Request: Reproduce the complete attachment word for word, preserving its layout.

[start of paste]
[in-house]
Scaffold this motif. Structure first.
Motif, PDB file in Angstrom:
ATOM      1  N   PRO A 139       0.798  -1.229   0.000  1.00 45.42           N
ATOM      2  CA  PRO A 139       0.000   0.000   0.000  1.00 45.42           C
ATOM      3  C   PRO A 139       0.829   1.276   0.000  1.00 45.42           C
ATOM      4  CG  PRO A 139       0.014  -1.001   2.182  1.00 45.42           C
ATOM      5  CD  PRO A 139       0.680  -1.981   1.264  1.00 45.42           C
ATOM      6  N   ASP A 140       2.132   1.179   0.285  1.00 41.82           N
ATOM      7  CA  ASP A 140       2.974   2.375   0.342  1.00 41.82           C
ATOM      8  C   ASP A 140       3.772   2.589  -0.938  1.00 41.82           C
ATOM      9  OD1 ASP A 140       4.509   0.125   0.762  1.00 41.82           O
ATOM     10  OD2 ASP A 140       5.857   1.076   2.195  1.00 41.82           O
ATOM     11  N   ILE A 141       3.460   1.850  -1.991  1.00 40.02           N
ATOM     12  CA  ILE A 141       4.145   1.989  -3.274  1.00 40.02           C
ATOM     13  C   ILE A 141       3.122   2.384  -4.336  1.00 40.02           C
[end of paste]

[in-house]
Scaffold this motif. Structure first.
Motif, PDB file in Angstrom:
ATOM      1  N   PRO A 139       0.798  -1.229   0.000  1.00 45.42           N
ATOM      2  CA  PRO A 139       0.000   0.000   0.000  1.00 45.42           C
ATOM      3  C   PRO A 139       0.829   1.276   0.000  1.00 45.42           C
ATOM      4  CG  PRO A 139       0.014  -1.001   2.182  1.00 45.42           C
ATOM      5  CD  PRO A 139       0.680  -1.981   1.264  1.00 45.42           C
ATOM      6  N   ASP A 140       2.132   1.179   0.285  1.00 41.82           N
ATOM      7  CA  ASP A 140       2.974   2.375   0.342  1.00 41.82           C
ATOM      8  C   ASP A 140       3.772   2.589  -0.938  1.00 41.82           C
ATOM      9  OD1 ASP A 140       4.509   0.125   0.762  1.00 41.82           O
ATOM     10  OD2 ASP A 140       5.857   1.076   2.195  1.00 41.82           O
ATOM     11  N   ILE A 141       3.460   1.850  -1.991  1.00 40.02           N
ATOM     12  CA  ILE A 141       4.145   1.989  -3.274  1.00 40.02           C
ATOM     13  C   ILE A 141       3.122   2.384  -4.336  1.00 40.02           C